Intersections are a bit more tricky, in my prototype I only have intersections that are four points or less, I think the method can be used to create intersections with more points, but I have not tested it. First off we need to find the real points of the road that connect to the intersection, same way as when creating RoadSegment Quads. This will result in 8 points or less, 2 per each RoadPoint that is part of the Intersection, to keep things simple and it works well enough, I just  sort the points in circular order and create a Intersection Quad/Mesh from those points. The example below is pretty ugly as the roads are coming in at different angles, but it still works. It's also possible to merge the vertices within some threshold to get a clean Quad, but this might affect your road thickness if using a single Quad as the whole RoadSegment.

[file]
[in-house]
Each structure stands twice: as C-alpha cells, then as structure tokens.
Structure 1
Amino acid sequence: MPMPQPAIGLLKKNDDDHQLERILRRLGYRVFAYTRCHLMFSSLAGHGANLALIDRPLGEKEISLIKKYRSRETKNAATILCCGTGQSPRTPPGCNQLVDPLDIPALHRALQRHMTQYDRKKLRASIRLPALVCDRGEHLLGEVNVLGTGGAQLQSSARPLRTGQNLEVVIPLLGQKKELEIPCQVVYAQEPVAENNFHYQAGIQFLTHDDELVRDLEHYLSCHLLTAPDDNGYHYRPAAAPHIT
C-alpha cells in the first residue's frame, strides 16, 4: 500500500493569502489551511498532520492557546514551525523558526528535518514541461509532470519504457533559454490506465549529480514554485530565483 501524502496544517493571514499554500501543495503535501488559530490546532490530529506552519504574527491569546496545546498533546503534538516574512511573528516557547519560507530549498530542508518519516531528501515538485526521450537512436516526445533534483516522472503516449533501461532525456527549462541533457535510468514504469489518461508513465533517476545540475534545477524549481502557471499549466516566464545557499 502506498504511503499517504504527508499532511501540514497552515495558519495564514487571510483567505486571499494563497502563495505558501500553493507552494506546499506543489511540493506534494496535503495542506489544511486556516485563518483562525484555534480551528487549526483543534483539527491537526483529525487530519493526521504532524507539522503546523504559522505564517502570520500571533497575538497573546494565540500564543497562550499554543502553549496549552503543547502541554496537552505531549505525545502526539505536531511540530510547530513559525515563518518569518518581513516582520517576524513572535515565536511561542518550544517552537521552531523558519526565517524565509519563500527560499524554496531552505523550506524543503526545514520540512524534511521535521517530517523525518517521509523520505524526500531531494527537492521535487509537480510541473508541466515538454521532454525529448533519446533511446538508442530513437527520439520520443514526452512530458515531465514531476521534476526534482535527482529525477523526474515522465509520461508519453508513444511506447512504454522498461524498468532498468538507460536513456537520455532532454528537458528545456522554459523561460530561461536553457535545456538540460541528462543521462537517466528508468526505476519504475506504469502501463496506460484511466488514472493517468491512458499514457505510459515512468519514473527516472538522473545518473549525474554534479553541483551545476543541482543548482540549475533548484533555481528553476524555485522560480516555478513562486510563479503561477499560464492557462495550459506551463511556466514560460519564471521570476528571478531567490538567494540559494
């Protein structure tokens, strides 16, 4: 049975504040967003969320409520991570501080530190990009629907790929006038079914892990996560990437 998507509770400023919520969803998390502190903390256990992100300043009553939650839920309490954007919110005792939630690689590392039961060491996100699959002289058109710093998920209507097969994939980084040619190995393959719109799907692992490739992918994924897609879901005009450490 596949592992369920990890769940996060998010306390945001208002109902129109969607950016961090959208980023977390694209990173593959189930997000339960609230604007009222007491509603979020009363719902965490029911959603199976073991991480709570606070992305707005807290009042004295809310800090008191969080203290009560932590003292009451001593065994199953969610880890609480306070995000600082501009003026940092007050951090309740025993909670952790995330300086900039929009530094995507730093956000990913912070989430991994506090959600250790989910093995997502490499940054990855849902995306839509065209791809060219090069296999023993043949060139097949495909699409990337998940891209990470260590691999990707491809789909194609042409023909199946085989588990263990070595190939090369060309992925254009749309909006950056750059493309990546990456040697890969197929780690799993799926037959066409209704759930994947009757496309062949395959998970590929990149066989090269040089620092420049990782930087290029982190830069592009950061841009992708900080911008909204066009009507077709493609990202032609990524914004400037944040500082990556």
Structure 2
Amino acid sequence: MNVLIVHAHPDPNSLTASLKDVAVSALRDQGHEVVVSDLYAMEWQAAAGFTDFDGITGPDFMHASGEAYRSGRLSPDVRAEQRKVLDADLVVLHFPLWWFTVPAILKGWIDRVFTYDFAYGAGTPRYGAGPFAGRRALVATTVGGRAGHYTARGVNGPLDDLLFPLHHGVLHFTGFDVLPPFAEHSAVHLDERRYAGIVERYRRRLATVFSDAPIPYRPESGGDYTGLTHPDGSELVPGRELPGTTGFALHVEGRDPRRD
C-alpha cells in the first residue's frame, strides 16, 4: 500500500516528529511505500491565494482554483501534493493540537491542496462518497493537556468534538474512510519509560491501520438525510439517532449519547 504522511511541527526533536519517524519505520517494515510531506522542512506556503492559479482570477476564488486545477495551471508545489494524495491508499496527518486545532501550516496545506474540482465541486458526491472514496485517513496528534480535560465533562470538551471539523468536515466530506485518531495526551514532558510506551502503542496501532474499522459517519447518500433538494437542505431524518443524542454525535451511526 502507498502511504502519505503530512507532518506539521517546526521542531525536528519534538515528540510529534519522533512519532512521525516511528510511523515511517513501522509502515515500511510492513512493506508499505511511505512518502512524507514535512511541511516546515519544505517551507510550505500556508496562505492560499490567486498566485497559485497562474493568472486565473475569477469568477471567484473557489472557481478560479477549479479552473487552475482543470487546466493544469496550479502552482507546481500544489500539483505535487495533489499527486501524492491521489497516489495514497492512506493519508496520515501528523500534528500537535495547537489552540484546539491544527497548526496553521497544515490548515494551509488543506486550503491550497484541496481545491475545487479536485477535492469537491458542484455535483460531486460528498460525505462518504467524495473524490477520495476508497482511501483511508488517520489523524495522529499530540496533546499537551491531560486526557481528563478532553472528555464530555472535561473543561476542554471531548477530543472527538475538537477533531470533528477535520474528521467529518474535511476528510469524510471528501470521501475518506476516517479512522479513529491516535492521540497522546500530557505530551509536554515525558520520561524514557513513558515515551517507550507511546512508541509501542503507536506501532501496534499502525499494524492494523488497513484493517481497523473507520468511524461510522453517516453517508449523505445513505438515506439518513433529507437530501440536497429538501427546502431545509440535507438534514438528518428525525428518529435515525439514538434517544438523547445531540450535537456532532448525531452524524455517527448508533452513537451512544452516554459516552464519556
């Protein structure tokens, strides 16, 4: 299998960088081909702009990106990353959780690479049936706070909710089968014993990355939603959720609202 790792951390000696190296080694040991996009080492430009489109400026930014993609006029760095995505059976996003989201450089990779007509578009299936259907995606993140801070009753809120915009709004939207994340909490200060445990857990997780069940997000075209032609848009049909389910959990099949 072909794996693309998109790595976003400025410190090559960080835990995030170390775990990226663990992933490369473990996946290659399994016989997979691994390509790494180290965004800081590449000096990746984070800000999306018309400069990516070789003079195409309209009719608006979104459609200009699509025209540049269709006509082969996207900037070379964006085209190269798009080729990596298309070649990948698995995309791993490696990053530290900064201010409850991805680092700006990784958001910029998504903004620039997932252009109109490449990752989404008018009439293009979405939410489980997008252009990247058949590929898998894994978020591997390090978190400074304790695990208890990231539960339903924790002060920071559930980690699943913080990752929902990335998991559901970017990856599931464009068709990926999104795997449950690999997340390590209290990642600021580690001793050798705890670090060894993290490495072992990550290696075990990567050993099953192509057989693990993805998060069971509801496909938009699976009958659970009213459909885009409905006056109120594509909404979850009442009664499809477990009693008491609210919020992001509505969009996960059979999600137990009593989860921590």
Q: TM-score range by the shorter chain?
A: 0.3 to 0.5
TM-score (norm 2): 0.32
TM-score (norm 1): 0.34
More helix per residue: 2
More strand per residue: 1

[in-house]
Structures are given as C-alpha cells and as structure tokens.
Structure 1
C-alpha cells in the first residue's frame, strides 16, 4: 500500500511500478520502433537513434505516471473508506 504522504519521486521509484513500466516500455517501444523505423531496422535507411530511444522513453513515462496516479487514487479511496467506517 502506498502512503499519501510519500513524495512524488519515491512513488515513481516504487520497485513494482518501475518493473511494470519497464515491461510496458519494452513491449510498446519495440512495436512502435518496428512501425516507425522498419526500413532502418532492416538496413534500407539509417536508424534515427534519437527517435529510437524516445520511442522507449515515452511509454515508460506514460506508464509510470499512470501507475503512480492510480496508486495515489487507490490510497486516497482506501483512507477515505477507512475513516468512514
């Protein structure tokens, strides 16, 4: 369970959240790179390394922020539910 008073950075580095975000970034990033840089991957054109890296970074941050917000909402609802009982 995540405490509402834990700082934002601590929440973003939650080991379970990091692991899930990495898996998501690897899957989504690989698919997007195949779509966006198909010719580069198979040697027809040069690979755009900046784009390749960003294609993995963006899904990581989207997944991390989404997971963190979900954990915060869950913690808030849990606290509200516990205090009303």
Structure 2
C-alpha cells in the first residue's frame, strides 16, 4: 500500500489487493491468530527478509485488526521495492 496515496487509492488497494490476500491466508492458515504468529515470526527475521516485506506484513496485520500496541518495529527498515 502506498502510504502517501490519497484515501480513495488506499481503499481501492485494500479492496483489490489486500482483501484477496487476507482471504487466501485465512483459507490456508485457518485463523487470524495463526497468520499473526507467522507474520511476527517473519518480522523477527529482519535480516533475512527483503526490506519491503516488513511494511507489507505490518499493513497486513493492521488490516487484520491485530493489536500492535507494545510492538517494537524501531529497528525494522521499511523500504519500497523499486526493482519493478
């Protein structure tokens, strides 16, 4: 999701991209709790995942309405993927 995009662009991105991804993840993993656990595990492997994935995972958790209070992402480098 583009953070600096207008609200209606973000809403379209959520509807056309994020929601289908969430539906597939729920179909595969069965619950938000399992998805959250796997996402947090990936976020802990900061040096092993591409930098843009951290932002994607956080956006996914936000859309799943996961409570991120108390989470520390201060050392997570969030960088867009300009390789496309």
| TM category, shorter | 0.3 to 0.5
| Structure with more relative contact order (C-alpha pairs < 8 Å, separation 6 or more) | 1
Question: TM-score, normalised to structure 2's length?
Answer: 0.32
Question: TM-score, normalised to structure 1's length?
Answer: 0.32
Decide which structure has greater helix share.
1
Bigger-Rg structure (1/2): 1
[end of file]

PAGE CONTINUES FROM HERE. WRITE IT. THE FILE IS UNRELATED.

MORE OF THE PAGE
Road Network Generation

So now that we have the structures required to represent the city road network, it's time to generate that network. General algorithm is pretty simple, we take an existing RoadSegment and split it somewhere around middle, we create an intersection at the splitting point, and now have two road RoadSegment from the existing one and an Intersection. From that new Intersection we extend a new RoadSegment perpendicular to the old segment. Once we have the new segment, we check if that new segment intersects any other existing segment, if it does, we need to create an Intersection for each intersect and split the intersecting segments to reflect the new connections.

So looking at the picture above, we split the Current Segment somewhere between 45-55% of the segment length. Then we added an Intersection that consists of 3 points, 2 points are from the Current Segment and 1 point is from the New Segment. We then found that the New Segment intersects some arbitrary Existing Segment and now we need to create a new Intersection with 4 points and split both the Existing Segment and the New Segment. The new Intersection will have 4 points, 2 from the New Segment and two the Existing Segment.